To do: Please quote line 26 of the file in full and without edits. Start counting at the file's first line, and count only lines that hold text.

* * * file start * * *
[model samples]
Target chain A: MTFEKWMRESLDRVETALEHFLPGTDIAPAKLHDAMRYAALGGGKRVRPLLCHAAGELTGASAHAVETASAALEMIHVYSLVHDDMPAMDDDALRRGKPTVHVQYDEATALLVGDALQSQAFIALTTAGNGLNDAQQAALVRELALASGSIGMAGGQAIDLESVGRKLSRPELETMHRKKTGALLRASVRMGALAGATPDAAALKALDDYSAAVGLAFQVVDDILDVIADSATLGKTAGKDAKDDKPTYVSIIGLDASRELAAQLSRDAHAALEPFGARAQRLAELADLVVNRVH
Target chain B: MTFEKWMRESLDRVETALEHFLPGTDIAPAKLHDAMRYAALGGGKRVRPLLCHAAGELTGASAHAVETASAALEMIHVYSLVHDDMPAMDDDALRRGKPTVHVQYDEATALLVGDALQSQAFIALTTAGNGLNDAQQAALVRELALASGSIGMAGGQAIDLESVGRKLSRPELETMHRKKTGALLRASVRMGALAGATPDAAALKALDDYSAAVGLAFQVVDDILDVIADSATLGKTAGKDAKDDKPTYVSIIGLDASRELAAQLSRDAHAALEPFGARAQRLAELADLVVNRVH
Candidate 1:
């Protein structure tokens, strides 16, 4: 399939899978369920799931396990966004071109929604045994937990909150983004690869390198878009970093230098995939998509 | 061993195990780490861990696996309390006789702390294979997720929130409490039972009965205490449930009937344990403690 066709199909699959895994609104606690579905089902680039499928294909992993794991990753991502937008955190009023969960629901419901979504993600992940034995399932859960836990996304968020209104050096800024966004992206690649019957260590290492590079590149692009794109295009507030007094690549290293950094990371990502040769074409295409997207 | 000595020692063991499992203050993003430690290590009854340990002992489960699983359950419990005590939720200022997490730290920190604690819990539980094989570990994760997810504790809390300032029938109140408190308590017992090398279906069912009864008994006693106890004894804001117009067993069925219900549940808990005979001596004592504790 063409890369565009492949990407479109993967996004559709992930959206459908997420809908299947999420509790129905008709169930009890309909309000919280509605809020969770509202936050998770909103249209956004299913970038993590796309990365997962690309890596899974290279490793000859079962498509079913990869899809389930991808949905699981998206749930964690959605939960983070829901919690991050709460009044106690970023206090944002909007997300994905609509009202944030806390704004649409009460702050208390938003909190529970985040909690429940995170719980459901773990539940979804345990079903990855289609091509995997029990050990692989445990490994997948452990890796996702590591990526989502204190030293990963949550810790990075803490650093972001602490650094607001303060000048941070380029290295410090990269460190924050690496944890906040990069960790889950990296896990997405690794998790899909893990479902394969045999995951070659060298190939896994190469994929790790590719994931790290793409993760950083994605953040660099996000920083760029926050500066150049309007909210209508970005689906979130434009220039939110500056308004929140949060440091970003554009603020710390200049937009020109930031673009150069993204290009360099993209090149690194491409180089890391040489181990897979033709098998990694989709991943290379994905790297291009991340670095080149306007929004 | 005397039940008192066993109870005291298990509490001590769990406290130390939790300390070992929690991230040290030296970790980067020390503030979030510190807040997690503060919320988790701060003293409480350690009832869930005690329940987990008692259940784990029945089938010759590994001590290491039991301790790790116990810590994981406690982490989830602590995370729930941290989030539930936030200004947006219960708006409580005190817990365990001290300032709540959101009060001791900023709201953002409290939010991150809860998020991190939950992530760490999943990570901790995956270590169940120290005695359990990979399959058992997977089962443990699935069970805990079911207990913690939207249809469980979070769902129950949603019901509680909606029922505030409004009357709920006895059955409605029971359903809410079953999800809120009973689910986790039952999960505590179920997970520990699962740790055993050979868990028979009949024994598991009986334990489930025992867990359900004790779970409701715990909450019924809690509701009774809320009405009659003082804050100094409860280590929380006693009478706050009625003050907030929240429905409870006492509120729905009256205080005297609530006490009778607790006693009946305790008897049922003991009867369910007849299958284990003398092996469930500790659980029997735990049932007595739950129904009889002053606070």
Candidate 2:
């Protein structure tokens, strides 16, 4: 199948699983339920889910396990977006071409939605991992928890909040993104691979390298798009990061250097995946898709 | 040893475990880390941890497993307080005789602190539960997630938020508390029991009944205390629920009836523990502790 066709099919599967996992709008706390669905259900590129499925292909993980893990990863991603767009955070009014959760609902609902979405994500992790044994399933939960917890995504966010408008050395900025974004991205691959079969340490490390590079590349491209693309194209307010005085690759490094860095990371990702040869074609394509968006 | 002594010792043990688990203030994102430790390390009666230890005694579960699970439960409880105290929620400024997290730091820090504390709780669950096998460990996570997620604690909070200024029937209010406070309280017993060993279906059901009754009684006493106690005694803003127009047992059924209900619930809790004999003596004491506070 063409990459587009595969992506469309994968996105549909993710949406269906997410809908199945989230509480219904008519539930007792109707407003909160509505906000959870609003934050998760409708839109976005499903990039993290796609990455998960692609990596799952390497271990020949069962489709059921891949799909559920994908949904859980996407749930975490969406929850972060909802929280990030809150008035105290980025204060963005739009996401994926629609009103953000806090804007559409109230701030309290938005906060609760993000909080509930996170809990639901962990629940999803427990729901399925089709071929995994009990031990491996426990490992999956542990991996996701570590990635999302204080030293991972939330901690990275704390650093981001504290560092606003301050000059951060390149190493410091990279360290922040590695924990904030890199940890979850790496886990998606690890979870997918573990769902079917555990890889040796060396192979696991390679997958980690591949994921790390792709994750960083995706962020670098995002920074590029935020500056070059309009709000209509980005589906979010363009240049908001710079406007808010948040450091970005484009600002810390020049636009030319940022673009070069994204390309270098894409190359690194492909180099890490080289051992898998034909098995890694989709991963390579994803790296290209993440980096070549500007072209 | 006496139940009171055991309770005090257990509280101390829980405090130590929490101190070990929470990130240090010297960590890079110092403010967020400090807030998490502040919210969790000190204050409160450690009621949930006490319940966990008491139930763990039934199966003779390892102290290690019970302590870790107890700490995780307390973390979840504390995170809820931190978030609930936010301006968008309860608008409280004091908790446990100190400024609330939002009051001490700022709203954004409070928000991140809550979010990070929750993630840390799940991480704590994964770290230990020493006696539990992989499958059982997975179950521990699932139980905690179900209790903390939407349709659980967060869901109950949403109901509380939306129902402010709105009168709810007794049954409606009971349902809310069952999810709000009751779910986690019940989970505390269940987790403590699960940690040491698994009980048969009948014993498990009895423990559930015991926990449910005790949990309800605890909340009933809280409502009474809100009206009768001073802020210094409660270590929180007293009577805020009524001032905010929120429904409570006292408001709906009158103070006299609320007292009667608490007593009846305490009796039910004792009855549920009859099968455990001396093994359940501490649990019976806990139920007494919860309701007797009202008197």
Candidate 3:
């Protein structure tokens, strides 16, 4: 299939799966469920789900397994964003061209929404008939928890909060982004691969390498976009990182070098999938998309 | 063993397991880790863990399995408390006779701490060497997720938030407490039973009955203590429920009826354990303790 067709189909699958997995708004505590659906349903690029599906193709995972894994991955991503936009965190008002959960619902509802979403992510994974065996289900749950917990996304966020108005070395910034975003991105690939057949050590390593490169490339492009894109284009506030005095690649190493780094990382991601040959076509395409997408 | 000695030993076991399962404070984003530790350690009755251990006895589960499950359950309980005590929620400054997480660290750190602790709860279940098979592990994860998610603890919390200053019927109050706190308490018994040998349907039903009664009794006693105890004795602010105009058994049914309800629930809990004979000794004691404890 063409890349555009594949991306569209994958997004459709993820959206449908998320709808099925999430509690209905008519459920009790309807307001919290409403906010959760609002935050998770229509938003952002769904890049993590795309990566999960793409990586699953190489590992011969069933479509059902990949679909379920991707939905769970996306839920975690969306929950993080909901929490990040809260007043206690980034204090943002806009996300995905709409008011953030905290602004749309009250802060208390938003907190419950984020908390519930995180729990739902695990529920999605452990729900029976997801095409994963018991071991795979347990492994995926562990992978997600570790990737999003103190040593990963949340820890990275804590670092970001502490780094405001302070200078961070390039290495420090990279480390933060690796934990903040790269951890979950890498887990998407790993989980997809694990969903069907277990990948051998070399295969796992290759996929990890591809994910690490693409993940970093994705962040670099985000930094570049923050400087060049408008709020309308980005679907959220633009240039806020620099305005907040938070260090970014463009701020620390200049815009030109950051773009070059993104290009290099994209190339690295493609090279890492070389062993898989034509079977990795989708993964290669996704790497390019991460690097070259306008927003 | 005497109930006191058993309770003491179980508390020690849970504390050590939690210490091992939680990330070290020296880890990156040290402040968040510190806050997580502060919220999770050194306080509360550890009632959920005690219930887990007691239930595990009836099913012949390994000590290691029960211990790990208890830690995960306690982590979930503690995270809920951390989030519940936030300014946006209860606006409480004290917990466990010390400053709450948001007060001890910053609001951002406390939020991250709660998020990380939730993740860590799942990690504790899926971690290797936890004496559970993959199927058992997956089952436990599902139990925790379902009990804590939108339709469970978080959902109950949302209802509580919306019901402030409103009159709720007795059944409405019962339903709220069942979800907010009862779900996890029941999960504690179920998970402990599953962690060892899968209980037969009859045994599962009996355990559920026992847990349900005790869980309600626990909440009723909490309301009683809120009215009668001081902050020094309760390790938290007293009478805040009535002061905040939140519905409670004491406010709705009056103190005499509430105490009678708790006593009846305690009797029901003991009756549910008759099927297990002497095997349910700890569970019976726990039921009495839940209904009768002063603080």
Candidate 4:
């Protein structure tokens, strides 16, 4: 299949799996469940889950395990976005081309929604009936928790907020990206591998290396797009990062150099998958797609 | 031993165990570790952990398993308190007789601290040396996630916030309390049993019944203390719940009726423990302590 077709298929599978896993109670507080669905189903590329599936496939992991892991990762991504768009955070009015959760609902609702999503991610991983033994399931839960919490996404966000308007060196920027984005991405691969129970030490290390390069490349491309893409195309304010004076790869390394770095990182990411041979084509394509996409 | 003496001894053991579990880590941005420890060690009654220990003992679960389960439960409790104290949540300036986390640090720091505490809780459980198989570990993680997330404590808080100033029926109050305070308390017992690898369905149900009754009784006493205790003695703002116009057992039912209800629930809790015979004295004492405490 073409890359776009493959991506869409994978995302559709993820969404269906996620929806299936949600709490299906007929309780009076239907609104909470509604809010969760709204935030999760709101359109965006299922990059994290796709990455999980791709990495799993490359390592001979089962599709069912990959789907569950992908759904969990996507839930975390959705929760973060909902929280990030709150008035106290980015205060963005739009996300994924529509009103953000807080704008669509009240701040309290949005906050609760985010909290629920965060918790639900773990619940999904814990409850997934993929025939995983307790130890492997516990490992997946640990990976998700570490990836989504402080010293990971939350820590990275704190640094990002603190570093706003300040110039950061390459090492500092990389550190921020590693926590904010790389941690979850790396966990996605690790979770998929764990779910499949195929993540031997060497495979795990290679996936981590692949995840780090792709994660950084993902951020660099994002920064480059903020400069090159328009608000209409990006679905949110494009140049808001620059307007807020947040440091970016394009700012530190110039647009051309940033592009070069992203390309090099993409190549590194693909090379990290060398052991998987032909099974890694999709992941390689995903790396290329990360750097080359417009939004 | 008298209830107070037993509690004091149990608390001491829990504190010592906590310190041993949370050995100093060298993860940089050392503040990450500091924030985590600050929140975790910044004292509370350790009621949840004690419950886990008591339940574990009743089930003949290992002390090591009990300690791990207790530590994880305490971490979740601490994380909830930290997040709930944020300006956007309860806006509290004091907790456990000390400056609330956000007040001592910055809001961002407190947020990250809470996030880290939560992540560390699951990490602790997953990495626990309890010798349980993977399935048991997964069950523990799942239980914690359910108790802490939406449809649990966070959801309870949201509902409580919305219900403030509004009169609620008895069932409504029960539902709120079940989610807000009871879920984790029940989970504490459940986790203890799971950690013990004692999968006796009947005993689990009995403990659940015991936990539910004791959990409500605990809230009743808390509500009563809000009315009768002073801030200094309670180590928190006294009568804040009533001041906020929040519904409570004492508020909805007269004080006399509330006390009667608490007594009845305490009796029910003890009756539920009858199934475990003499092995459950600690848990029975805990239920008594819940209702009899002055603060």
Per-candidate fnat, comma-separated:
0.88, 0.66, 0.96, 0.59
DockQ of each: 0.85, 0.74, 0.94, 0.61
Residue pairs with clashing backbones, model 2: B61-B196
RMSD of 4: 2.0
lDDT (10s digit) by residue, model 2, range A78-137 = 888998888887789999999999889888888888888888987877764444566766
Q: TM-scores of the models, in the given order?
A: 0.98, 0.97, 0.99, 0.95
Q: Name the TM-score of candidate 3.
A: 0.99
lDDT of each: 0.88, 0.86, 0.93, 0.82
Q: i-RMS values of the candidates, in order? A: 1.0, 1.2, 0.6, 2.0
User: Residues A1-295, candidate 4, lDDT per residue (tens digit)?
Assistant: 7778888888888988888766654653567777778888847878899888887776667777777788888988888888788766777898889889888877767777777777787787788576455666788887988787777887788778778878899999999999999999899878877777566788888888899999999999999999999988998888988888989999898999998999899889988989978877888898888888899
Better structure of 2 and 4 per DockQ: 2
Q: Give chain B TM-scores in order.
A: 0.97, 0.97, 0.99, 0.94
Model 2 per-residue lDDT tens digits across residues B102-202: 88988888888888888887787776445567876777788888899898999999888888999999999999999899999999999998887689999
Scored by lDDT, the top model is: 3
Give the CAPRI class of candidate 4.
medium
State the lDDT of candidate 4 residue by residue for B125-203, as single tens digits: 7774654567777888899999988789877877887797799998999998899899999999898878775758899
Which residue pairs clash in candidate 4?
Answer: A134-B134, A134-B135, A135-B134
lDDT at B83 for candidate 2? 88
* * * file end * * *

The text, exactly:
Better structure of 2 and 4 per DockQ: 2